Intuit and Salesforce.com have struck an alliance under which the companies will integrate Salesforce's on-demand CRM application with Intuit's QuickBooks and QuickBooks Online financial management software.
Linking the two companies' applications will let small businesses better manage customer relationships by providing them with a way to link customer and sales information with financial data, the companies said.
Intuit will resell the Salesforce CRM application with QuickBooks integration, offering it through its Inuit App Center. An Inuit spokesperson said the company's channel partners would be able to sell the integrated application set as well.
The companies expect to complete the integration development work this summer. Pricing will be announced when the application is made available, Inuit said.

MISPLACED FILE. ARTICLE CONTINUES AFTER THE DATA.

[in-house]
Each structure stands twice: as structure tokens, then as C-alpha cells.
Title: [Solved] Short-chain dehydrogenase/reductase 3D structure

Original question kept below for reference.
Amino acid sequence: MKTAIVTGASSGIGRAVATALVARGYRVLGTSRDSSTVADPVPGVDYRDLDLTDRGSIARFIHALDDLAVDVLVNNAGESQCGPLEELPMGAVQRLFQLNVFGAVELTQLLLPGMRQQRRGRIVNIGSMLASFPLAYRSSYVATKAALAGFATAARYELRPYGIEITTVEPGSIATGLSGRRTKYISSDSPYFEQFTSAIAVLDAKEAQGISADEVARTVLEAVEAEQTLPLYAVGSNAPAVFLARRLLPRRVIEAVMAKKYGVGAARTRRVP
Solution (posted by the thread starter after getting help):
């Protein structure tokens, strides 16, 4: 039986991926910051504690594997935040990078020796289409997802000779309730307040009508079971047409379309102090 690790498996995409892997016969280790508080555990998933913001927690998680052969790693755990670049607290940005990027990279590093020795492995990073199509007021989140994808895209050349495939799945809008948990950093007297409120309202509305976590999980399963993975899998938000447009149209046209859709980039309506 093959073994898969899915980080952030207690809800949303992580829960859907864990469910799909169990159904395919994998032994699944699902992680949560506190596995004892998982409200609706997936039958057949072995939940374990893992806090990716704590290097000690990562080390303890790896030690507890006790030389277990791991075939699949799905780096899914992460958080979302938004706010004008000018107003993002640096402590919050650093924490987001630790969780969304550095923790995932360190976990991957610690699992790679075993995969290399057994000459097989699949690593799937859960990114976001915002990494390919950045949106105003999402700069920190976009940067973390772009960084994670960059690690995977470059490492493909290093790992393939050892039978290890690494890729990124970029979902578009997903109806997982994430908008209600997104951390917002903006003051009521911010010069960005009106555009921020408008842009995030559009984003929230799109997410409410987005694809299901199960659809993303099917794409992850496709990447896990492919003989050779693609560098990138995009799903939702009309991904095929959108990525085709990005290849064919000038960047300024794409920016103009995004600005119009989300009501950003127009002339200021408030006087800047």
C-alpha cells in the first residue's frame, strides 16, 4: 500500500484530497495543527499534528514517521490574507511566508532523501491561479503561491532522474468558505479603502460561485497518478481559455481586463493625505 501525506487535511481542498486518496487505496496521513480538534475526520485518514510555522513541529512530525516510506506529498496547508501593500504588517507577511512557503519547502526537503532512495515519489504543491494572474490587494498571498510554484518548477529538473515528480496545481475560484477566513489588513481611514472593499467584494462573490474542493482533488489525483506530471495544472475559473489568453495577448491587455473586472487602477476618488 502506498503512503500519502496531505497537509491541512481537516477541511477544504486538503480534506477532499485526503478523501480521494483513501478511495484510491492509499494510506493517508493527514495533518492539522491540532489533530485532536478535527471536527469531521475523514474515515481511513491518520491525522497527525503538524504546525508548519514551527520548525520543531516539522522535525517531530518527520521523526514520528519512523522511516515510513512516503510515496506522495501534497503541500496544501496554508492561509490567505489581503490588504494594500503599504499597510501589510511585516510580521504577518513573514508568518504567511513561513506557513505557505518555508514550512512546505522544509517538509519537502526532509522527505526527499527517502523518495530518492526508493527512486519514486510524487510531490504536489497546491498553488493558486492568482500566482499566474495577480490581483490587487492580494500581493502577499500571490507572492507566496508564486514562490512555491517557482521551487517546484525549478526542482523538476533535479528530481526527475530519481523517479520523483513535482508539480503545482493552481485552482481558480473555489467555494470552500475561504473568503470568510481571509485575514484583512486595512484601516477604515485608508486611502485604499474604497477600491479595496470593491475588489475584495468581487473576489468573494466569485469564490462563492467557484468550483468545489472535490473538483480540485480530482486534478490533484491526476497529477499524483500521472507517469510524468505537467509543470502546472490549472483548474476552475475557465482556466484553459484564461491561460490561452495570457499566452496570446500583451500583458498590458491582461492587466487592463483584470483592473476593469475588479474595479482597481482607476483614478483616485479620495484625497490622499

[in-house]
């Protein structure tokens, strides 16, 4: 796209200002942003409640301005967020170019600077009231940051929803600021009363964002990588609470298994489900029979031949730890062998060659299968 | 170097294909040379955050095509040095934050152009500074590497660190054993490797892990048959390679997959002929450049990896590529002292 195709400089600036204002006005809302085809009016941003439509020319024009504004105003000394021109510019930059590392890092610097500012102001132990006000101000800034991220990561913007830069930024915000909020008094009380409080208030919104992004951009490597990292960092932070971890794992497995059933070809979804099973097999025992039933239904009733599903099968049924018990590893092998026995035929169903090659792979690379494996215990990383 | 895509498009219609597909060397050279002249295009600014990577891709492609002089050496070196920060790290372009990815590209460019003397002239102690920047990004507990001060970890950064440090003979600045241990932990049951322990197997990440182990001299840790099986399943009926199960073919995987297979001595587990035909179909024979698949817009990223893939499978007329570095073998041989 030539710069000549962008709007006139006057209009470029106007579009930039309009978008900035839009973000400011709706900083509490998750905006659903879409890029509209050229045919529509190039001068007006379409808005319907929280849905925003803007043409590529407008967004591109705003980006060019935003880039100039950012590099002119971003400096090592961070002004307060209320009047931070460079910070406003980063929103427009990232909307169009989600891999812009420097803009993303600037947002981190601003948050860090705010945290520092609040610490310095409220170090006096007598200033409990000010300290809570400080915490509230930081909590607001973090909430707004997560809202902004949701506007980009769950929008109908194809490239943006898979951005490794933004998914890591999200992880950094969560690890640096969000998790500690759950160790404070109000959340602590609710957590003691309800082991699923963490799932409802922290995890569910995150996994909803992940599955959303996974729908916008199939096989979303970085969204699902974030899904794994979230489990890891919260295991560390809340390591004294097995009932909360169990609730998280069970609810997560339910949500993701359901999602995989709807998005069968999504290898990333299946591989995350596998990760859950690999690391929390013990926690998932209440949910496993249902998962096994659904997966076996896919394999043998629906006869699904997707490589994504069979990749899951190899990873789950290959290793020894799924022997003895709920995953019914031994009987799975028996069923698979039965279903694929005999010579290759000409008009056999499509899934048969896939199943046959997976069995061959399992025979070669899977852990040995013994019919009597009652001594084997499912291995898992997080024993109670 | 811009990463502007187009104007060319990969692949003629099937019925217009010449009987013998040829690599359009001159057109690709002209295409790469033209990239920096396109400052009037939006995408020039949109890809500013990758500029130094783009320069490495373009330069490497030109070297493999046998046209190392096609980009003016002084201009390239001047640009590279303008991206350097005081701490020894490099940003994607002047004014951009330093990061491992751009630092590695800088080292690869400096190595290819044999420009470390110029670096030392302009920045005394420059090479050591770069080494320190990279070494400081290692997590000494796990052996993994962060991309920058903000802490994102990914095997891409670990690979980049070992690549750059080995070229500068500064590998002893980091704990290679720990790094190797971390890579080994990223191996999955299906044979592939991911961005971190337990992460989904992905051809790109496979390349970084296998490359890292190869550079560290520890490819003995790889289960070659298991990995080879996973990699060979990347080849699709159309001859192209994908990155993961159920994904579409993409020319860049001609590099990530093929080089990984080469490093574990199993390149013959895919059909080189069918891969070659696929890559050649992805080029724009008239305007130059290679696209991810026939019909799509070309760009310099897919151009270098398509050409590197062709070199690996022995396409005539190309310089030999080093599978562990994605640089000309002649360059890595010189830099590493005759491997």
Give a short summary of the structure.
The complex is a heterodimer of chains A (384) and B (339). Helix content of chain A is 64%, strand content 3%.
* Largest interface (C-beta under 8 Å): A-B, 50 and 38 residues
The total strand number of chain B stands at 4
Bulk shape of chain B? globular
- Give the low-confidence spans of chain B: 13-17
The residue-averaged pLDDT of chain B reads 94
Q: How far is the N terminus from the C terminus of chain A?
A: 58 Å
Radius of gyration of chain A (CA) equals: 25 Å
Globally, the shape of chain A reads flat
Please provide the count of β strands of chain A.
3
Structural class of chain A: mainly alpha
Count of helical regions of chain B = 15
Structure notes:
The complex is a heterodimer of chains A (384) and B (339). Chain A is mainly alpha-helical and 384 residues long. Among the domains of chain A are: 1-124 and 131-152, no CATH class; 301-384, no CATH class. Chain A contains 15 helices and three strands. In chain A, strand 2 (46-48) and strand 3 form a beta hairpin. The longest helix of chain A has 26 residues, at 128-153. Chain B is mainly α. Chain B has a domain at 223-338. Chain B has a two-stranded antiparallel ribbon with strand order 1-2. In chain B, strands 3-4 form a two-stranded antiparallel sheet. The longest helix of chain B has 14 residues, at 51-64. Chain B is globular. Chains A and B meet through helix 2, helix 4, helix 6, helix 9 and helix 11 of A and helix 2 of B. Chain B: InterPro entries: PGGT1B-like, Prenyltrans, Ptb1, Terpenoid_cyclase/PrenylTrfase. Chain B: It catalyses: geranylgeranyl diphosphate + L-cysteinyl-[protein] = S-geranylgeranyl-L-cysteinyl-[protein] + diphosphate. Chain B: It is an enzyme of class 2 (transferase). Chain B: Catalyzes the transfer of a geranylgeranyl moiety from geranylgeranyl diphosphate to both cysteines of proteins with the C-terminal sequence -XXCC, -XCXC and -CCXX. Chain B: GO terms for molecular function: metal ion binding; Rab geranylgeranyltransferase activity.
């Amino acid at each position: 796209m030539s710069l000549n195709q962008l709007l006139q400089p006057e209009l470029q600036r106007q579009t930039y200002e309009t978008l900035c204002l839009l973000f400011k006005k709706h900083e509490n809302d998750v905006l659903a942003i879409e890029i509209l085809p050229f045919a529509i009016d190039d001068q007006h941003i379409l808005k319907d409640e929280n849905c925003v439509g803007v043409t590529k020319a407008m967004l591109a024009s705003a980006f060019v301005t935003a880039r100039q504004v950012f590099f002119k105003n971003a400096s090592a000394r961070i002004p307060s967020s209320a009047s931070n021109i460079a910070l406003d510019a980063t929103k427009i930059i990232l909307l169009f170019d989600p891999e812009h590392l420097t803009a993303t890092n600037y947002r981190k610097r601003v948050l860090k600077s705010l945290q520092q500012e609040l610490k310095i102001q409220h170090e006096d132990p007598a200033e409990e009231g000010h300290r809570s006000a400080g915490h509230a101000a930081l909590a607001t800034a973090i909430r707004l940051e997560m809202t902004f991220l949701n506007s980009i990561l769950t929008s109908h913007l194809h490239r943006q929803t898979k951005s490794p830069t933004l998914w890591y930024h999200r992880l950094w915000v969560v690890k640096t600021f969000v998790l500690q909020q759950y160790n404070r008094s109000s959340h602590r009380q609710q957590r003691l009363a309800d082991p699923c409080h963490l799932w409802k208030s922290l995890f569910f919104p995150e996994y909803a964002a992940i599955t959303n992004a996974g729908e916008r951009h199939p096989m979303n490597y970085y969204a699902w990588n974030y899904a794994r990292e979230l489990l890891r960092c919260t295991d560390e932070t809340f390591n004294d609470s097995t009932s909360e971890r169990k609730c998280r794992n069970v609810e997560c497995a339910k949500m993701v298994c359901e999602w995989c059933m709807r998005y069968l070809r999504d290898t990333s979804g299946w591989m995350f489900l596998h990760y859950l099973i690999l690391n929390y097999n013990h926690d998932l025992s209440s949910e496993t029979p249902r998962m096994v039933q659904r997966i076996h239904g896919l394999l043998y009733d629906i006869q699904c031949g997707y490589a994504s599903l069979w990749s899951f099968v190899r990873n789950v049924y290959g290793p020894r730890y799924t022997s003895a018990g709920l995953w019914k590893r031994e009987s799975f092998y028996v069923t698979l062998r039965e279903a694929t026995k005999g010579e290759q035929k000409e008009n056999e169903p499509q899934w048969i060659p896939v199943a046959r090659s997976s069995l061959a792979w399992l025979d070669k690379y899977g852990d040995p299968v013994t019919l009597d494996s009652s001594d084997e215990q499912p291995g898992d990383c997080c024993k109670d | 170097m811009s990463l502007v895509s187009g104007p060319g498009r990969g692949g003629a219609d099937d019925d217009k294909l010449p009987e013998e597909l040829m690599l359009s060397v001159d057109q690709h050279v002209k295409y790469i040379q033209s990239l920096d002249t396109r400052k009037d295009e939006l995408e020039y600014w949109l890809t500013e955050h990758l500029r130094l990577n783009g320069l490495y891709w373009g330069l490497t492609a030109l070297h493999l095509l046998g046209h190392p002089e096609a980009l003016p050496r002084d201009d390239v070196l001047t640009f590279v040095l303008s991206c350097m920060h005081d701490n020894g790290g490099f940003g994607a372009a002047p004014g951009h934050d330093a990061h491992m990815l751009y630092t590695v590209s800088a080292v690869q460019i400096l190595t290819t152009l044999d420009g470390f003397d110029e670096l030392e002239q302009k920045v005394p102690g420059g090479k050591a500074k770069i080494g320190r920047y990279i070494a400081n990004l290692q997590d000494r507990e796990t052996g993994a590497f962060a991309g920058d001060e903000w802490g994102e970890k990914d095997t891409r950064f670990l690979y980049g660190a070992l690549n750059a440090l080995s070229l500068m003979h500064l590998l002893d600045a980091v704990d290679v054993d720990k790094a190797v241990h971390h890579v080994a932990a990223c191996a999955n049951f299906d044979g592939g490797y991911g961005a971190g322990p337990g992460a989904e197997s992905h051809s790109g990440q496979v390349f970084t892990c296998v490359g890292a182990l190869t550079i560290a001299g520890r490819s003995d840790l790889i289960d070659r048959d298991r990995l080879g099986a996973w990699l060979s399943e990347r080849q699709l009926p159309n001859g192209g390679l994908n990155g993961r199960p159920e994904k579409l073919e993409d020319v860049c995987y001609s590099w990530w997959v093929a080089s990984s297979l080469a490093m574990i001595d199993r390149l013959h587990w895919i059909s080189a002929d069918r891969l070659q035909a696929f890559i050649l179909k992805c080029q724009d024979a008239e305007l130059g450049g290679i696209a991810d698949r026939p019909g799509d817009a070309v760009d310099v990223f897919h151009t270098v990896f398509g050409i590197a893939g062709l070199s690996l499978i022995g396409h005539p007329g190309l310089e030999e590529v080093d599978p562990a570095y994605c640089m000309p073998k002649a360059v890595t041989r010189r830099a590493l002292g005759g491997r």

Integrating the Intuit and Salesforce applications will make it possible for businesses to synchronize customer data in Salesforce with the on-premise QuickBooks and QuickBooks Online. That will eliminate the need for data entry in two different systems and make it possible to display aggregated customer data along financial information.
Businesses, for example, will be able to use the combined data to calculate the probability for closing a sale. "This alliance will create offerings that allow small businesses to better manage their customers and deals," said Dan Wernikoff, vice president and general manager of Intuit's Financial Management Solutions division, in a statement.
"By working with Intuit, we are bringing the industry's leading customer relationship management solution to QuickBooks customers," said George Hu, executive vice president, platform and marketing, at Salesforce, in a statement. "This alliance will accelerate the adoption of social, mobile and open cloud CRM solutions by small businesses."
The deal with Salesforce is a bit of good news for Intuit, following a rough few days last week when the vendor's QuickBooks Online, QuickBooks Online Payroll and Intuit Payments Solutions were hit by a series of service outages.